Crohn's, colitis and IBD services at Sydney Children's Hospital, Randwick
- Phone: (02) 9382 1752
- Fax: (02) 9382 1787
- Call Outpatients on (02) 9382 1470 or,
- call the IBD Coordinator Rachel Messenger on (02) 9382 1967. You can also email Rachel.firstname.lastname@example.org
- A/Prof Avi Lemberg - 9382 1752
- Rachel Messenger (IBD Nurse) - 9382 1967
- Gastroenterology Secretary - 9382-1752
- After hours (in an emergency) - call via the hospital operator - 9382 2111
- Dietitians - 9382 1021
Sydney Children's Hospital, Randwick
High Street, Randwick NSW 2031
The Sydney Children's Hospital, Randwick (SCH) multidisciplinary Crohn's and Colitis Clinic (renamed IBD clinic) was established at SCH in 2001 in order to focus care for the many children with Crohn's Disease (CD) and Ulcerative Colitis (UC).
The clinic was the first such paediatric facility in Australia and has led to numerous advances in the management and outcomes for children with IBD.
Over the years since the Clinic began, around 40 children have been diagnosed with IBD each year at SCH; and children of all ages continue to be cared for and managed in the clinic.
Children with IBD have multiple needs that vary considerably from age-to-age and person-to-person. One of the objectives of the IBD clinic and all the team members are to ensure that besides the medical needs of each child, aspects such as their nutrition and growth, education, and psychological functioning are also looked after. This team approach and care is not restricted to our patients but extends to the family of our patients as we recognise the diverse needs of families can also vary considerably.
The IBD Clinic includes health professionals of various disciplines, including medical, nursing, dietetic, social work, and psychology staff (See Staff Section). Each of these people has key roles in the complex aspects of the care for the children and adolescents with IBD.
The SCH IBD Clinic is situated in the Outpatient Department at SCH. The clinic is held on Wednesday afternoons from 2pm and alternates with Thursday mornings starting at 8.30am. At each clinic visit each patient will have their weight and height measured and will have a full medical review. Each patient will be seen by a doctor and may also be seen by other members of the team as needed, such as a dietitian, social worker or a psychologist. At each visit you will be given plans for the coming weeks or months and arrangements made for your next visit.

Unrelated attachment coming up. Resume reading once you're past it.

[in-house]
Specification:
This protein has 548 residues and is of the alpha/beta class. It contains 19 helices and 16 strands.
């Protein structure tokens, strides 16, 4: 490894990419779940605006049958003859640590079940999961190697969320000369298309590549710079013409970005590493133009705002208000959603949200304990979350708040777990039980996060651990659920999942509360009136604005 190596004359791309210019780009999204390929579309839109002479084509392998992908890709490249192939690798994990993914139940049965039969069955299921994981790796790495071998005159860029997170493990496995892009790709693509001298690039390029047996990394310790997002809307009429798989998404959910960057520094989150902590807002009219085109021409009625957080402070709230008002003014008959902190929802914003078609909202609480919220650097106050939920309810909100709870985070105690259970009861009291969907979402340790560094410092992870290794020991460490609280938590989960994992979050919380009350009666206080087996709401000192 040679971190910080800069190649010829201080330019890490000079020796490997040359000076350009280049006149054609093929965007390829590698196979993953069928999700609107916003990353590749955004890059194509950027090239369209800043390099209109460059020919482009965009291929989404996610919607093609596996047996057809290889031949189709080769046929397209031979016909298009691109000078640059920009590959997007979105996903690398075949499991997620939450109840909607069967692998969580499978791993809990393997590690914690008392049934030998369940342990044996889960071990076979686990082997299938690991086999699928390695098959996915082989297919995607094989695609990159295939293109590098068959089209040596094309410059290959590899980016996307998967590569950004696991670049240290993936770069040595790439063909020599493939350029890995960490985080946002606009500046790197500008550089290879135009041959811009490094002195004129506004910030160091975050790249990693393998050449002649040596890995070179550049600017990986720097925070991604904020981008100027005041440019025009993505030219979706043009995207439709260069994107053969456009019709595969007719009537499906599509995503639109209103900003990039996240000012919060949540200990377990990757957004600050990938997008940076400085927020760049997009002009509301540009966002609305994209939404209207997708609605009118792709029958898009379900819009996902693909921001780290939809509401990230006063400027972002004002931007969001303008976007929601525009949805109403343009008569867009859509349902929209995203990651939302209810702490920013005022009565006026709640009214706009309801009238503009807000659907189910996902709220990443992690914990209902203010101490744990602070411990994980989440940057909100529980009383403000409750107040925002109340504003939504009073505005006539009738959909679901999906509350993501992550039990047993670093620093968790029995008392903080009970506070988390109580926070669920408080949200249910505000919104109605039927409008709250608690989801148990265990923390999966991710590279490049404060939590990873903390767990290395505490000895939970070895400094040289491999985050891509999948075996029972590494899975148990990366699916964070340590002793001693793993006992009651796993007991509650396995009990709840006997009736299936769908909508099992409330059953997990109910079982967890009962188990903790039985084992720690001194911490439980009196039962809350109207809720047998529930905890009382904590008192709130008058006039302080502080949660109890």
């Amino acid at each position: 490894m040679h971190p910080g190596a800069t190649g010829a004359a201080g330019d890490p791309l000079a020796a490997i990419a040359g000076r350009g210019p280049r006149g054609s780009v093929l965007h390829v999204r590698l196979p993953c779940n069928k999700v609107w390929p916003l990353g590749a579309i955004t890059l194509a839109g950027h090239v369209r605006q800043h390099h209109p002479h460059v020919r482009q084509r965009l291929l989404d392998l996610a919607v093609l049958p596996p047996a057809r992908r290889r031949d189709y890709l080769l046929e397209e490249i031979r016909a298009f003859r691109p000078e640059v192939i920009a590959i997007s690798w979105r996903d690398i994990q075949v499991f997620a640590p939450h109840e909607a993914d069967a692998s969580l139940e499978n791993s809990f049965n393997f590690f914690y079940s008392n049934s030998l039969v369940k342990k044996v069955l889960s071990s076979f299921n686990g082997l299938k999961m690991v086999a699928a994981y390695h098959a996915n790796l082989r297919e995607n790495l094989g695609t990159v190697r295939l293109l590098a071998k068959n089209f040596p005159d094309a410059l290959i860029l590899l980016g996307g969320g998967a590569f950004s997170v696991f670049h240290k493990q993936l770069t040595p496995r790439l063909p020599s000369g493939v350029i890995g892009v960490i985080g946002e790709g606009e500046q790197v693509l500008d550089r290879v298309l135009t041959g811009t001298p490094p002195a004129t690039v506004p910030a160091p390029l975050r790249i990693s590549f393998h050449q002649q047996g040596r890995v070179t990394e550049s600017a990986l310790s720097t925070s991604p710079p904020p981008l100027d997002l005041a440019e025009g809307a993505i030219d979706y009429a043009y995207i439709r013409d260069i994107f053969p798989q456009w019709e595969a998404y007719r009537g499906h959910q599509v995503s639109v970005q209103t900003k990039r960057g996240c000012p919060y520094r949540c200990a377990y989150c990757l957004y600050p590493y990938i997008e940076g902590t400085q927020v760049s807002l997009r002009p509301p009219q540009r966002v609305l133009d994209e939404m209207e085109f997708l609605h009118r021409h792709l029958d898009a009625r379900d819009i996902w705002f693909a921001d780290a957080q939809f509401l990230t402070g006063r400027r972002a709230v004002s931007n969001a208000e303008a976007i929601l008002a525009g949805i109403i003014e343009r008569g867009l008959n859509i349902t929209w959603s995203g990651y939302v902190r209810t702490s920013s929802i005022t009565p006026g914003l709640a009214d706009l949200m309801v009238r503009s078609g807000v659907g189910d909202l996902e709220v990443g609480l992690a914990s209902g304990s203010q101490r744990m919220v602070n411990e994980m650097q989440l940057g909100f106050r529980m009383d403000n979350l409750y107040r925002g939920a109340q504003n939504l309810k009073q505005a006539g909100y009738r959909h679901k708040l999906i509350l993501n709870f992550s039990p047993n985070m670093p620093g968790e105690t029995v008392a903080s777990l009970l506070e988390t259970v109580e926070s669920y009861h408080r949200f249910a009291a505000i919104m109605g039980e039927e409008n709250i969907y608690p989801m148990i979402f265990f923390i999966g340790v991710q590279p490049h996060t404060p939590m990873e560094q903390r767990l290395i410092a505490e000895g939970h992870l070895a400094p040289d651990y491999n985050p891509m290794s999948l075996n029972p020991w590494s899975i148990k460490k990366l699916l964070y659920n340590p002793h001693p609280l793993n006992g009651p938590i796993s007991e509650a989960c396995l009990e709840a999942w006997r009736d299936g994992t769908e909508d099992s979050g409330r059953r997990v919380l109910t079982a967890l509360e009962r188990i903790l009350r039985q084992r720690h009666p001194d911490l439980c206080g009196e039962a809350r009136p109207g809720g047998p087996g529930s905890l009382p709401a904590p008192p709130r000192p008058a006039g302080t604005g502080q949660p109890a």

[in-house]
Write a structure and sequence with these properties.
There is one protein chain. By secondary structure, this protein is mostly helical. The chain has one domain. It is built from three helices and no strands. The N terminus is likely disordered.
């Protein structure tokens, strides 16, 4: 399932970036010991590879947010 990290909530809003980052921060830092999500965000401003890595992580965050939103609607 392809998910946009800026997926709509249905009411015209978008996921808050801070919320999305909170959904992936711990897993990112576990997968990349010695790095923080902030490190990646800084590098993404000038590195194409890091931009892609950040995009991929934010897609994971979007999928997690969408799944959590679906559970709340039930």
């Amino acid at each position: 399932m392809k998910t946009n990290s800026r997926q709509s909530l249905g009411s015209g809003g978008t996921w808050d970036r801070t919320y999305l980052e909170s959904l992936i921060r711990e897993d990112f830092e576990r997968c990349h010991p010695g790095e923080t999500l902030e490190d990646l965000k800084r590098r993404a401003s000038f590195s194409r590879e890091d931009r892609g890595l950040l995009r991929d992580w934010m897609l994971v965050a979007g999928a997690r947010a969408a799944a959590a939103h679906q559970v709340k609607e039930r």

- To make an appointment, please call Outpatients on (02) 9382 1470 or call the IBD Coordinator Rachel Messenger on (02) 9382 1967.
- Rachel can also be contacted by email: Rachel.email@example.com
What is Inflammatory Bowel Disease (IBD)?
Inflammatory Bowel Disease, known as IBD, is a term used to describe two different illnesses that involve inflammation in the bowel. These are called Crohn's Disease and Ulcerative Colitis. There are many things that are similar between the two, but there are also differences.
Crohn's disease (CD) can involve any part of the gastrointestinal tract, from the mouth to the bottom. The most common part to be involved in children is the lower end of the small bowel - the terminal ileum.
CD usually involves all the layers of the bowel wall, from the inside to the outer layer. When looking at the bowel wall under the microscope, there are some features that can be common with UC, but there are also some findings that are unique. One of these is a finding called granuloma: these are clumps of particular inflammatory cells all joined together.
Ulcerative colitis (UC) involves the large bowel (colon). It can just be present in the lower parts (proctitis), parts of the large bowel, or even the whole of the large bowel. It is uncommon to have proctitis by itself in children. UC is less common than CD in children.
Inflammatory Bowel Disease Unclassified (IBDU): Sometimes people diagnosed with IBD may initially be termed to have "IBDU" if it is not obvious whether they have CD or UC at the time of diagnosis; over time it usually becomes clearer if they have CD or UC.
Key Features of IBD
- IBD tends to run in families.
- IBD is more common in some populations, such as Jewish people.
- Bacteria, genes and the immediate immune response in the bowel wall are all important factors in the development of IBD.
- Both Crohn's disease (CD) and Ulcerative Colitis (UC) can occur in children: Crohn's is more common.
- One of the common ages for IBD to begin is in adolescence.
- UC and CD are becoming increasingly frequent in Australians.
- IBD is not transmitted from person to person (like a common cold can be).